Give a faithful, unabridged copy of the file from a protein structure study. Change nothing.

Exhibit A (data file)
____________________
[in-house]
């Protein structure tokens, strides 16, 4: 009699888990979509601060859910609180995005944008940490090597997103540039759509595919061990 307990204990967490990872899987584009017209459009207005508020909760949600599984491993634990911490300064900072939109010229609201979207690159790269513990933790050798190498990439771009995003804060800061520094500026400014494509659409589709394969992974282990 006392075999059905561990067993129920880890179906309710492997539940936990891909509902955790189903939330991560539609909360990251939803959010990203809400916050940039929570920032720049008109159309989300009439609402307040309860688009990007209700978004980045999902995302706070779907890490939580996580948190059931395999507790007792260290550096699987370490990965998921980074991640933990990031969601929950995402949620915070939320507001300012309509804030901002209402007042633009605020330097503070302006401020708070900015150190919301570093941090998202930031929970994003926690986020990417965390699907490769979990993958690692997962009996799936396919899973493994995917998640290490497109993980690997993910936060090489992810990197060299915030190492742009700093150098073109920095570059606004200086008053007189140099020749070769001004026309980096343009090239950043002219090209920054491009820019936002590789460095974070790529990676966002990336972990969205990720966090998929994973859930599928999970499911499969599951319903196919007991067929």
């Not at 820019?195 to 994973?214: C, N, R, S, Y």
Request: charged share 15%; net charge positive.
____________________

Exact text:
[in-house]
């Protein structure tokens, strides 16, 4: 009699888990979509601060859910609180995005944008940490090597997103540039759509595919061990 307990204990967490990872899987584009017209459009207005508020909760949600599984491993634990911490300064900072939109010229609201979207690159790269513990933790050798190498990439771009995003804060800061520094500026400014494509659409589709394969992974282990 006392075999059905561990067993129920880890179906309710492997539940936990891909509902955790189903939330991560539609909360990251939803959010990203809400916050940039929570920032720049008109159309989300009439609402307040309860688009990007209700978004980045999902995302706070779907890490939580996580948190059931395999507790007792260290550096699987370490990965998921980074991640933990990031969601929950995402949620915070939320507001300012309509804030901002209402007042633009605020330097503070302006401020708070900015150190919301570093941090998202930031929970994003926690986020990417965390699907490769979990993958690692997962009996799936396919899973493994995917998640290490497109993980690997993910936060090489992810990197060299915030190492742009700093150098073109920095570059606004200086008053007189140099020749070769001004026309980096343009090239950043002219090209920054491009820019936002590789460095974070790529990676966002990336972990969205990720966090998929994973859930599928999970499911499969599951319903196919007991067929």
């Not at 820019?195 to 994973?214: C, N, R, S, Y």
Request: charged share 15%; net charge positive.